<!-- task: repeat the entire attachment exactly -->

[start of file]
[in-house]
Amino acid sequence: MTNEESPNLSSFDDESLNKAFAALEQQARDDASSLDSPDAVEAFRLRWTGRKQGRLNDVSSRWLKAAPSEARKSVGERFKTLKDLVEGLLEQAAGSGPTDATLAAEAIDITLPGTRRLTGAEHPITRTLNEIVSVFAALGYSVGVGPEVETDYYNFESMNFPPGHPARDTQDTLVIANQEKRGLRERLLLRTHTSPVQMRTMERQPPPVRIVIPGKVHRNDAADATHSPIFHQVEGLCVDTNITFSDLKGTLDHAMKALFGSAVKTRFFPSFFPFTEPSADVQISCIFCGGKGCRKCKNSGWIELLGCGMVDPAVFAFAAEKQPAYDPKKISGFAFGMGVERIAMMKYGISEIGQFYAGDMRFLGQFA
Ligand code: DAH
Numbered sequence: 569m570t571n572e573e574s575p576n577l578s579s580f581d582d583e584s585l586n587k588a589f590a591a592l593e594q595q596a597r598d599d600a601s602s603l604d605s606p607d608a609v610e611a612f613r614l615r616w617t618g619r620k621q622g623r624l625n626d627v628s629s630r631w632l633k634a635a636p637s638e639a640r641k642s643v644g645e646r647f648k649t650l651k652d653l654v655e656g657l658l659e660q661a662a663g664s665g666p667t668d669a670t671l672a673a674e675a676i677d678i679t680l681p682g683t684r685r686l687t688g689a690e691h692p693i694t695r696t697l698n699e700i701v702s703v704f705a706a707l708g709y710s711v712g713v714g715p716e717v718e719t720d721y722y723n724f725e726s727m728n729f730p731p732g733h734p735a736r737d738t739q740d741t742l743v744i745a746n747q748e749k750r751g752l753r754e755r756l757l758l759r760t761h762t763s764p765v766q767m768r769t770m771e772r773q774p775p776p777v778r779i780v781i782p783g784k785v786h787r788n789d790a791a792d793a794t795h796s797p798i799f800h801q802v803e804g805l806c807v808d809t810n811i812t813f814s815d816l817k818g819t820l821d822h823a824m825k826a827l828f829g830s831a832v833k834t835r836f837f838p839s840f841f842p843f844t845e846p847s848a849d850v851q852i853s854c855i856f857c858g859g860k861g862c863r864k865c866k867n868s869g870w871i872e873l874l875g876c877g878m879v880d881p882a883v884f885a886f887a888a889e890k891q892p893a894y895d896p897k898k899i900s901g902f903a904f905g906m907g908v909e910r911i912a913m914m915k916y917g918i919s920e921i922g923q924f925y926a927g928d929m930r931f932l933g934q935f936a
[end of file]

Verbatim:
[in-house]
Amino acid sequence: MTNEESPNLSSFDDESLNKAFAALEQQARDDASSLDSPDAVEAFRLRWTGRKQGRLNDVSSRWLKAAPSEARKSVGERFKTLKDLVEGLLEQAAGSGPTDATLAAEAIDITLPGTRRLTGAEHPITRTLNEIVSVFAALGYSVGVGPEVETDYYNFESMNFPPGHPARDTQDTLVIANQEKRGLRERLLLRTHTSPVQMRTMERQPPPVRIVIPGKVHRNDAADATHSPIFHQVEGLCVDTNITFSDLKGTLDHAMKALFGSAVKTRFFPSFFPFTEPSADVQISCIFCGGKGCRKCKNSGWIELLGCGMVDPAVFAFAAEKQPAYDPKKISGFAFGMGVERIAMMKYGISEIGQFYAGDMRFLGQFA
Ligand code: DAH
Numbered sequence: 569m570t571n572e573e574s575p576n577l578s579s580f581d582d583e584s585l586n587k588a589f590a591a592l593e594q595q596a597r598d599d600a601s602s603l604d605s606p607d608a609v610e611a612f613r614l615r616w617t618g619r620k621q622g623r624l625n626d627v628s629s630r631w632l633k634a635a636p637s638e639a640r641k642s643v644g645e646r647f648k649t650l651k652d653l654v655e656g657l658l659e660q661a662a663g664s665g666p667t668d669a670t671l672a673a674e675a676i677d678i679t680l681p682g683t684r685r686l687t688g689a690e691h692p693i694t695r696t697l698n699e700i701v702s703v704f705a706a707l708g709y710s711v712g713v714g715p716e717v718e719t720d721y722y723n724f725e726s727m728n729f730p731p732g733h734p735a736r737d738t739q740d741t742l743v744i745a746n747q748e749k750r751g752l753r754e755r756l757l758l759r760t761h762t763s764p765v766q767m768r769t770m771e772r773q774p775p776p777v778r779i780v781i782p783g784k785v786h787r788n789d790a791a792d793a794t795h796s797p798i799f800h801q802v803e804g805l806c807v808d809t810n811i812t813f814s815d816l817k818g819t820l821d822h823a824m825k826a827l828f829g830s831a832v833k834t835r836f837f838p839s840f841f842p843f844t845e846p847s848a849d850v851q852i853s854c855i856f857c858g859g860k861g862c863r864k865c866k867n868s869g870w871i872e873l874l875g876c877g878m879v880d881p882a883v884f885a886f887a888a889e890k891q892p893a894y895d896p897k898k899i900s901g902f903a904f905g906m907g908v909e910r911i912a913m914m915k916y917g918i919s920e921i922g923q924f925y926a927g928d929m930r931f932l933g934q935f936a